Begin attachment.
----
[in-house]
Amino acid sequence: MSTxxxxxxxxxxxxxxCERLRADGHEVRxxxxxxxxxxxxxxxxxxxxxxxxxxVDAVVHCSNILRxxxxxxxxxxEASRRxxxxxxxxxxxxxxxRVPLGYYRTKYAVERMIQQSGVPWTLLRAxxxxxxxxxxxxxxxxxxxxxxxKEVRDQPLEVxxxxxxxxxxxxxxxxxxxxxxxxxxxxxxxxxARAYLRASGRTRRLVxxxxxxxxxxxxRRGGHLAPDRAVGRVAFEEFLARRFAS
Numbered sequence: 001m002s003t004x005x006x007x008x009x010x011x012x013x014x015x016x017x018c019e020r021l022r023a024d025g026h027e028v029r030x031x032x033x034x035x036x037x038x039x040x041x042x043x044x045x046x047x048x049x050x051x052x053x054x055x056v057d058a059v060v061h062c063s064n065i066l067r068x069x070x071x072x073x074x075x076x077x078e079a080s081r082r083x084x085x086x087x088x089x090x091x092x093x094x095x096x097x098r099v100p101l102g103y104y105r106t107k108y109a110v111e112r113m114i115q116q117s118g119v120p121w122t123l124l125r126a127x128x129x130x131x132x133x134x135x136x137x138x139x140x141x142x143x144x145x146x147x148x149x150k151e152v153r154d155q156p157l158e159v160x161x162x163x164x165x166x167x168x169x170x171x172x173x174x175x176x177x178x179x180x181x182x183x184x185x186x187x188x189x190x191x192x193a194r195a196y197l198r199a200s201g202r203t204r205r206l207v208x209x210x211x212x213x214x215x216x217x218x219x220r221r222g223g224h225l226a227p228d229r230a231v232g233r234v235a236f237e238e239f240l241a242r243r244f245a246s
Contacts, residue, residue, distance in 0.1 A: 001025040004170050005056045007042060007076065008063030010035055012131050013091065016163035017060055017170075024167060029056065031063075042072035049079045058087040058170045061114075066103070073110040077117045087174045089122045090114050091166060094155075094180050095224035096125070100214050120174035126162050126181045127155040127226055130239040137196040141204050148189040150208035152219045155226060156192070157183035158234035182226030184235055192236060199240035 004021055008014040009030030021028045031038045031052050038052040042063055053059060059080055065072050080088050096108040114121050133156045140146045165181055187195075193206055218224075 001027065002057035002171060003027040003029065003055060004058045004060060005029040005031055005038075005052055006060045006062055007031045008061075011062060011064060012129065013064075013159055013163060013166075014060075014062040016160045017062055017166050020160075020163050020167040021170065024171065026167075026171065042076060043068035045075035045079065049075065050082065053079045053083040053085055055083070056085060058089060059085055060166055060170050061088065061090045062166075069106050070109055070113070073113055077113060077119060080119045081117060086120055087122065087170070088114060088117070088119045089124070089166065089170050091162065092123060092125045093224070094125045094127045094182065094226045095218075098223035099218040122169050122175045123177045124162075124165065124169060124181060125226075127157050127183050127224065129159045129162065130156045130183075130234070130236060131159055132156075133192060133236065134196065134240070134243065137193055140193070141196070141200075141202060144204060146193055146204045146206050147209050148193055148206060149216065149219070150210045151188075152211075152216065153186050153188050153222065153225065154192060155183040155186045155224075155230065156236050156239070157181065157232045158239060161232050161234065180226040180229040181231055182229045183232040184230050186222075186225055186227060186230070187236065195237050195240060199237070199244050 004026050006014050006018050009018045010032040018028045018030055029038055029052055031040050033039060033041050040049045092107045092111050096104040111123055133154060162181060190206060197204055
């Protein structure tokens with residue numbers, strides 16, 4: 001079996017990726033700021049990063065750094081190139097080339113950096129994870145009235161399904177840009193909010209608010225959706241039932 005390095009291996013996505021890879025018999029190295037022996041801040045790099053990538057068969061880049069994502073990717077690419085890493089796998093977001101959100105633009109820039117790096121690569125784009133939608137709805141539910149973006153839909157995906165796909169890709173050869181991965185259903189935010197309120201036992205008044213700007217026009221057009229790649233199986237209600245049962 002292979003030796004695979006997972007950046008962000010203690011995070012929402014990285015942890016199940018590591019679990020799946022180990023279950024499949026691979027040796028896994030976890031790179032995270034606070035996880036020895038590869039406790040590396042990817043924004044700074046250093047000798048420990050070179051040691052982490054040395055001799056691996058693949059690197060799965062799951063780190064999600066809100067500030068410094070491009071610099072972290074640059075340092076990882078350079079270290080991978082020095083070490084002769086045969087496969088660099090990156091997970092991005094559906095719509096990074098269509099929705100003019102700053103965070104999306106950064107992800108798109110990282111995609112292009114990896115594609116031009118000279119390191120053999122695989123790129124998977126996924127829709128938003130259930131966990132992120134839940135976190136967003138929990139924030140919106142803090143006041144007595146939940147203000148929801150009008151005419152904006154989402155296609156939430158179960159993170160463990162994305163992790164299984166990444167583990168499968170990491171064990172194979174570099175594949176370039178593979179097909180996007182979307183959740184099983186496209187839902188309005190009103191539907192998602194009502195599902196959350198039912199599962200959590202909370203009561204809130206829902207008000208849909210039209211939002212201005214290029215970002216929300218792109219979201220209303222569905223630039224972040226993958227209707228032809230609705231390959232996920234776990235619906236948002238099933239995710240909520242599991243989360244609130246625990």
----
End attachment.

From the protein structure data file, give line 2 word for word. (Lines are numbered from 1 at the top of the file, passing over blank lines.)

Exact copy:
Amino acid sequence: MSTxxxxxxxxxxxxxxCERLRADGHEVRxxxxxxxxxxxxxxxxxxxxxxxxxxVDAVVHCSNILRxxxxxxxxxxEASRRxxxxxxxxxxxxxxxRVPLGYYRTKYAVERMIQQSGVPWTLLRAxxxxxxxxxxxxxxxxxxxxxxxKEVRDQPLEVxxxxxxxxxxxxxxxxxxxxxxxxxxxxxxxxxARAYLRASGRTRRLVxxxxxxxxxxxxRRGGHLAPDRAVGRVAFEEFLARRFAS